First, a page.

A new study by the Pew Research Center reports, nearly one in three American children is living with a parent who is divorced, separated or never married. About 29 percent of children under 18 now live with a parent or parents who are unwed or no longer married. Broken down further, about 15 percent have parents who are divorced or separated and 14 percent who were never married. Within those two groups, a sizable chunk—6 percent— have parents who are live-in couples who opted to raise kids together without getting married. Very interesting! As we all sit down for Thanksgiving dinner next week (yum), I’m curious what some of your family tables will look like. My own immediate family pretty much sums up this report. See…
I’m a single mom living alone with JD. My parents divorced after 30 years of marriage. My father has a girlfriend and my mom is single. My older brother, Carlo married a single mom and got a bonus daughter who is 6 (Yipeeeee! I got a bonus niece and JD got a best bud and cousin for life!) My younger brother, Brian is single and LOVING IT, as he says. "More Americans are living in these new families, so it seems safe to assume that there will be more of them around the Thanksgiving dinner table," said Paul Taylor, executive vice president of the Pew Research Center.
When I think about some of my friends this study is even more relevant. I have a recently divorced single mom friend who is raising her son solo now and I have a guy friend from NYC who has full custody of his 6-year-old son (the mom lives in another state). My friend Matt Logelin's wife died 27 hours after giving birth to their daughter and almost three-years-later, Matt has a lovely girlfriend, Brooke, who he is raising Maddy with. My best friend will visit her father and step-mom with her family on Thanksgiving morning, then dine at her husband’s parents’ home and finally enjoy dessert with her (single) mom and family members from her mom’s side.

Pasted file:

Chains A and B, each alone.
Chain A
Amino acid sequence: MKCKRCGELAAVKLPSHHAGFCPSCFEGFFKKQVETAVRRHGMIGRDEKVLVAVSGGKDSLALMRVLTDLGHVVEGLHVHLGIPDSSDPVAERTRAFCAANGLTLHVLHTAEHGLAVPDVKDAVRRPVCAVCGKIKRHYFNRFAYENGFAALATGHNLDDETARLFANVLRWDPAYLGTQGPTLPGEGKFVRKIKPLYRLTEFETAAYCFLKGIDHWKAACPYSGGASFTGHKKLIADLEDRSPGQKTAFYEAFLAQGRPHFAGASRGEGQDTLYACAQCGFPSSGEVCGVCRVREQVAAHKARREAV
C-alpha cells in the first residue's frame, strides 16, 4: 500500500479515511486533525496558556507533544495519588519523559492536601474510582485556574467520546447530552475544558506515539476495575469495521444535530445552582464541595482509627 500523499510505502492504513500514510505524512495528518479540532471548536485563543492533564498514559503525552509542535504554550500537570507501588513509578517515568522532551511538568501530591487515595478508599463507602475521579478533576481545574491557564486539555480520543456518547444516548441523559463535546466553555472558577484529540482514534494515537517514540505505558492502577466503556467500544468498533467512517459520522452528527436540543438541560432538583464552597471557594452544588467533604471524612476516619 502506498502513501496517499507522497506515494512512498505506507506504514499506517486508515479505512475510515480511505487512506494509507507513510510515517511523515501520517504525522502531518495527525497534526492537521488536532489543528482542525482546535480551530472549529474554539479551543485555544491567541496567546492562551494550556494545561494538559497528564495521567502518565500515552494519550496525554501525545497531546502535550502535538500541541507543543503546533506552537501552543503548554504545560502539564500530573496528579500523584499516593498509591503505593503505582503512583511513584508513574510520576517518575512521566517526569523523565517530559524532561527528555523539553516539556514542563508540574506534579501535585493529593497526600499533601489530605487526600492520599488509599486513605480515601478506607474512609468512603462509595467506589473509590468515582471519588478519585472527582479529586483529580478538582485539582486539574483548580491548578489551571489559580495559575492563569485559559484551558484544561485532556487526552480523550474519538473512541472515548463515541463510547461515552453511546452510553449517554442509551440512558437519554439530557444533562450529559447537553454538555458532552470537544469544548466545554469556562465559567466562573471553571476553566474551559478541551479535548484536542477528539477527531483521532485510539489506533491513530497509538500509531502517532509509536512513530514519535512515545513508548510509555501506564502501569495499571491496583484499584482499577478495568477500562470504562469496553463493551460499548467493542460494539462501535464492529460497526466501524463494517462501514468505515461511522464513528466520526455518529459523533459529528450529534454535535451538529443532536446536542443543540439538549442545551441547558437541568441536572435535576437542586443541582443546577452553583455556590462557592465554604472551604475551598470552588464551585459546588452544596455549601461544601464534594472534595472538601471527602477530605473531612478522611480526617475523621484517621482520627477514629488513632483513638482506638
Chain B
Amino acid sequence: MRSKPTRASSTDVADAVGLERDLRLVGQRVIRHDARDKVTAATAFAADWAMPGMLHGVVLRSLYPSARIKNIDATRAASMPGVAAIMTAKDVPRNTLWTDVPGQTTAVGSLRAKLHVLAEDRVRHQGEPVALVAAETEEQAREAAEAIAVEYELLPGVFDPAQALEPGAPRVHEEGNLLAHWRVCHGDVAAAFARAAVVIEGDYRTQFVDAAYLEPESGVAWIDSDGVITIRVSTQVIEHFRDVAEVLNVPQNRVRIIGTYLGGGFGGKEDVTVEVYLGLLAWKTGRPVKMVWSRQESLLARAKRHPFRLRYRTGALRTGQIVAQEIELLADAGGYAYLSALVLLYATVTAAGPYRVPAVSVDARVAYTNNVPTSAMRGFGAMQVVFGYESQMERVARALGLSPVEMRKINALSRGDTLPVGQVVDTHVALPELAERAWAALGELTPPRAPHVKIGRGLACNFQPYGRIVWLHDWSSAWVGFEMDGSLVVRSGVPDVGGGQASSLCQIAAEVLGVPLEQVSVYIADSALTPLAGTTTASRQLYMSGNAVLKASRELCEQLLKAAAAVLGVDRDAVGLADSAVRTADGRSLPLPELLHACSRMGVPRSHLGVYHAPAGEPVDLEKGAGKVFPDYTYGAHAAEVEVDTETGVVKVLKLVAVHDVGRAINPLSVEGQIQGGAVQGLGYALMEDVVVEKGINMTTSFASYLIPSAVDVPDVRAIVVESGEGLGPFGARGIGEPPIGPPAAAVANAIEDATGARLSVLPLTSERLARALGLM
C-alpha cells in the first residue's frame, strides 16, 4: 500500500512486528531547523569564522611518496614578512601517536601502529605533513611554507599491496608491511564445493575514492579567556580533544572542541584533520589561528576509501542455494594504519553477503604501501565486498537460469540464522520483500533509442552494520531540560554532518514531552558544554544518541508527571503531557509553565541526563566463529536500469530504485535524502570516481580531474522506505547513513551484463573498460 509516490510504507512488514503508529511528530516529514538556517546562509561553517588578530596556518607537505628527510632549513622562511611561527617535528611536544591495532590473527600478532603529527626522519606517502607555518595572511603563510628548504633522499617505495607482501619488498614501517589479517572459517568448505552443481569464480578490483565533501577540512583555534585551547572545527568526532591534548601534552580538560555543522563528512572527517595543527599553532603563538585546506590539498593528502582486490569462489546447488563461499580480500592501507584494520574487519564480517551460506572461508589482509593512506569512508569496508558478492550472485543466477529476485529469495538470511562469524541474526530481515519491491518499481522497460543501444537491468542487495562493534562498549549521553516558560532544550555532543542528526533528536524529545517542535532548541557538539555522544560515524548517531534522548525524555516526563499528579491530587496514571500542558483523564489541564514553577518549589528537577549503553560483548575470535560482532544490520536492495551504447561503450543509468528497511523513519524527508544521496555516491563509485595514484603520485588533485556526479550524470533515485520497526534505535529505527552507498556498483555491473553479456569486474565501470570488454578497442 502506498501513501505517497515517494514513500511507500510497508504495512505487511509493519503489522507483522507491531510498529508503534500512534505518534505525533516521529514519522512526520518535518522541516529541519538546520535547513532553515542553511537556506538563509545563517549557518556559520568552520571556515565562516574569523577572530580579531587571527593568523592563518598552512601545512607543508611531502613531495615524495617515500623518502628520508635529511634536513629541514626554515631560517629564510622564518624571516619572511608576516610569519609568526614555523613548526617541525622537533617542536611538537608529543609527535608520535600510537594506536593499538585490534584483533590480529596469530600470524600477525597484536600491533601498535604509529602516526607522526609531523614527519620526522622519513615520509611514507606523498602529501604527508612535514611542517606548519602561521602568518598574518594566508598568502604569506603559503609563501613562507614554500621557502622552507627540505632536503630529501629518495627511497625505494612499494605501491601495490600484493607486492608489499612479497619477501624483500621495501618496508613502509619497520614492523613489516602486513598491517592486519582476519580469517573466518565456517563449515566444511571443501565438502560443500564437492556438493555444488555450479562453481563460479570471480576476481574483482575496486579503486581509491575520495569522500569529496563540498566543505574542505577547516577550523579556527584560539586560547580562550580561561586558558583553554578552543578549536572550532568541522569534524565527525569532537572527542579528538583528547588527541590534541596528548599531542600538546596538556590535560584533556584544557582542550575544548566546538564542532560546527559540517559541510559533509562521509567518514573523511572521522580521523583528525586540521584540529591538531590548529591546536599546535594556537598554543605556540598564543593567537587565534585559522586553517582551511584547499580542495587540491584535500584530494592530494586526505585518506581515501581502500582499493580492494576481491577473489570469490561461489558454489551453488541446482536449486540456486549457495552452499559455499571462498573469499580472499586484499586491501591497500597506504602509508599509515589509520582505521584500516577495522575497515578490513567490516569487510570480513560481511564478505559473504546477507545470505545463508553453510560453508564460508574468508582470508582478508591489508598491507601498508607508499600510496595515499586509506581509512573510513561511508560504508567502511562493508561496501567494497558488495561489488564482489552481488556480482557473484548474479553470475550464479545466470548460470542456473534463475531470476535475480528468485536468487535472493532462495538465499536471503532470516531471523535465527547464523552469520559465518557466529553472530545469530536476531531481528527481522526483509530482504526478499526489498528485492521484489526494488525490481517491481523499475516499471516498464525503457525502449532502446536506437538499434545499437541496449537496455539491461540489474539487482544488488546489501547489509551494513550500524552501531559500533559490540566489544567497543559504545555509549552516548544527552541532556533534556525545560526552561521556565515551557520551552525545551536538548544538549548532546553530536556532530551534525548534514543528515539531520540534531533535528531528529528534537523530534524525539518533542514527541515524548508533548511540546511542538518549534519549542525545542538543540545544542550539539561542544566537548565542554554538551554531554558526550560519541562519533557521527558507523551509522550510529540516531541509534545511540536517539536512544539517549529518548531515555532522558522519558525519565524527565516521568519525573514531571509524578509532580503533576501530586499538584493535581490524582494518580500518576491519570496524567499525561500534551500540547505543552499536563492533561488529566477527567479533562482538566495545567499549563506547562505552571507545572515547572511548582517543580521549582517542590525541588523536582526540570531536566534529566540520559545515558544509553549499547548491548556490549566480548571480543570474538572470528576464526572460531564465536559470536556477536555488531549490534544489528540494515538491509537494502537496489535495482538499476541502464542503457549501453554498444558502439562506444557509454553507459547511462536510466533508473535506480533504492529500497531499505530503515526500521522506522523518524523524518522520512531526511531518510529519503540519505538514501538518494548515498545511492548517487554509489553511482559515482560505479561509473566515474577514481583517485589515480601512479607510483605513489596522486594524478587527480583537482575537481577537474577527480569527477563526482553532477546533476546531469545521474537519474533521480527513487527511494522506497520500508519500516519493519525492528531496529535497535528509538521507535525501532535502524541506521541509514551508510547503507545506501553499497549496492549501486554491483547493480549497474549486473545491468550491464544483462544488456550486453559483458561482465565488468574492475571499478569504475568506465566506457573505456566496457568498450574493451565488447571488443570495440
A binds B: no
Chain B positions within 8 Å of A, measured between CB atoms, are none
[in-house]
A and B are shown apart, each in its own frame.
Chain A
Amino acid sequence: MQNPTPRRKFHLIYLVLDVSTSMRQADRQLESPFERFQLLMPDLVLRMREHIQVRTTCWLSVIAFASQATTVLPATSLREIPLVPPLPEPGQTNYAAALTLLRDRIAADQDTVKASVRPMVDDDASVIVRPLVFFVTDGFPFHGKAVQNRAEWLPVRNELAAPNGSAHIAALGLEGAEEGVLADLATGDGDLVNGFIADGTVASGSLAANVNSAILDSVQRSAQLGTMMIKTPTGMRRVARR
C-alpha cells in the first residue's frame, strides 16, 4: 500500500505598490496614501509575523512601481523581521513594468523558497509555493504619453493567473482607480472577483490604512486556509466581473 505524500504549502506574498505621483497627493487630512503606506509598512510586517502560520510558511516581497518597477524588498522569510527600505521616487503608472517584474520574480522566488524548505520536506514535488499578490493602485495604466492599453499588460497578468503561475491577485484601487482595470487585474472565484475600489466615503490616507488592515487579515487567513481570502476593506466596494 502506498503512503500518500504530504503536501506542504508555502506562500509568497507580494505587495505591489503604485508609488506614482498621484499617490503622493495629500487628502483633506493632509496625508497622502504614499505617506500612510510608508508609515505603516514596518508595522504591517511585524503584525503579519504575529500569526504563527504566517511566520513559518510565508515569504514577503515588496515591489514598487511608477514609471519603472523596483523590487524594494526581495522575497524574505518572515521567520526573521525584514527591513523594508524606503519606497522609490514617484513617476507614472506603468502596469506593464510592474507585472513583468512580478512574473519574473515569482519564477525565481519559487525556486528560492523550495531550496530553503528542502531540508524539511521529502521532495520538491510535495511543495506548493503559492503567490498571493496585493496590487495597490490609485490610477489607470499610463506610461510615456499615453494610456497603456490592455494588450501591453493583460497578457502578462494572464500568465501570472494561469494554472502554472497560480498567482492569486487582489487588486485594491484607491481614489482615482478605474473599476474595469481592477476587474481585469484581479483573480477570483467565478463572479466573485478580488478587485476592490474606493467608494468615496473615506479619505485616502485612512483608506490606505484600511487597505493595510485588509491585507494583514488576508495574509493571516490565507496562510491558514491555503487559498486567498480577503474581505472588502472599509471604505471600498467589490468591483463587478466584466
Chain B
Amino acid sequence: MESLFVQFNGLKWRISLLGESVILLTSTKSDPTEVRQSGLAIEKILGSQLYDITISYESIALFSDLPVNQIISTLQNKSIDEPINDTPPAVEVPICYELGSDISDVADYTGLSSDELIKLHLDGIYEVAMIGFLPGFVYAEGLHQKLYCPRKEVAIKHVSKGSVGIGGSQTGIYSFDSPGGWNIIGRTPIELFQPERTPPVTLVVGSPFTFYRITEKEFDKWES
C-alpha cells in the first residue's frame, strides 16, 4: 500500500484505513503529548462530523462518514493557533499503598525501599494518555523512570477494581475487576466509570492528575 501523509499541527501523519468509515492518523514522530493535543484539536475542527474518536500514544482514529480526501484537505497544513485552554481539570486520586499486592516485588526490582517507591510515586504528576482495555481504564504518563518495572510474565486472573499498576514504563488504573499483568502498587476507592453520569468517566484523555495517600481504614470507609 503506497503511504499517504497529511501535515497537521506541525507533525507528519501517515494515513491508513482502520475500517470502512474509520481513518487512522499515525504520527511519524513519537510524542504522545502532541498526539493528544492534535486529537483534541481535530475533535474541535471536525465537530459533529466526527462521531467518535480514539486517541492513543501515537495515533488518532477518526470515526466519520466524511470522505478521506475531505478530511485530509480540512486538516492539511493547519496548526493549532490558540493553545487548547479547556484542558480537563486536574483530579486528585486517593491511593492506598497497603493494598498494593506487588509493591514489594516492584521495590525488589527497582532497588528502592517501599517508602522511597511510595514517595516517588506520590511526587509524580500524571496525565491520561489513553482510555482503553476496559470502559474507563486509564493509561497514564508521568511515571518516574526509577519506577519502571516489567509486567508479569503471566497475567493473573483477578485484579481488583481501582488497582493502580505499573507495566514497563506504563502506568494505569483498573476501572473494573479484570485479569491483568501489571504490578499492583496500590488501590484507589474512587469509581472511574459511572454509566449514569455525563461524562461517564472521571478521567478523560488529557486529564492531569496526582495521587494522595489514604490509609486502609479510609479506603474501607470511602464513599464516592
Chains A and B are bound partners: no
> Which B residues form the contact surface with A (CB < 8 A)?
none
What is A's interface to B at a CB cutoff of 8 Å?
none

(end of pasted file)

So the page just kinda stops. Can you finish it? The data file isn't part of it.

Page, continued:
But it’s not just real-life demonstrating “the new family,” just turn on the T.V. Last night on ABC’s Modern Family, Manny celebrated his birthday with his one-time single mom, Gloria who married much-older Jay. NBC’s Parenthood has two relevant storylines running right now, too. Sarah Braverman (Lauren Graham) plays a single mom who was forced to move in with her parents because of financial struggles. Her little brother, Crosby Braverman (Dax Shepard) learned he had a son five years after he was born when a one-time hookup, Jasmine (Joy Bryant) showed up at the door with his child. They recently got engaged after spending some time parenting on and off as a committed couple.
Celebrities also contribute to the “new family.” Christina Aguilera and husband, Jordan Bratman recently filed for divorce and Aguilera appeared on The Tonight Show saying, "More power to all the single moms out there.” She also noted she was raised by a single mom herself, and that it turned out fantastic.
As a single mom who never imagined she would be parenting solo and approaching 30, single, I have to say I am, what are the words…hmm…happy to have the company of all of these modern families. Encouraged by the success stories single moms and dads—and divorced parents share about their well-rounded children. Delighted that my son will have these examples all around him, namely the beautiful modern family of my brother, his wife and their daughter (and hopefully the new bundle I am begging them to make, hee-hee.) The thing is, when reports come out touting the “new family,” I just hope everyone is reading the most important word there and that is family. Family is what you make of it, be it traditional or modern, or “new.” JD calls some of my special girlfriends, “Aunts”—we’re not related by blood, but we’re family for sure.
I bet there are "new families" all around you. Take a look. They are magical.
Tell me about your family. Are you married, divorced, single? Do you have any bonus kiddos from a new marriage? I can’t wait to read about your family (thank you for reading about mine for the past 3 ½ years!)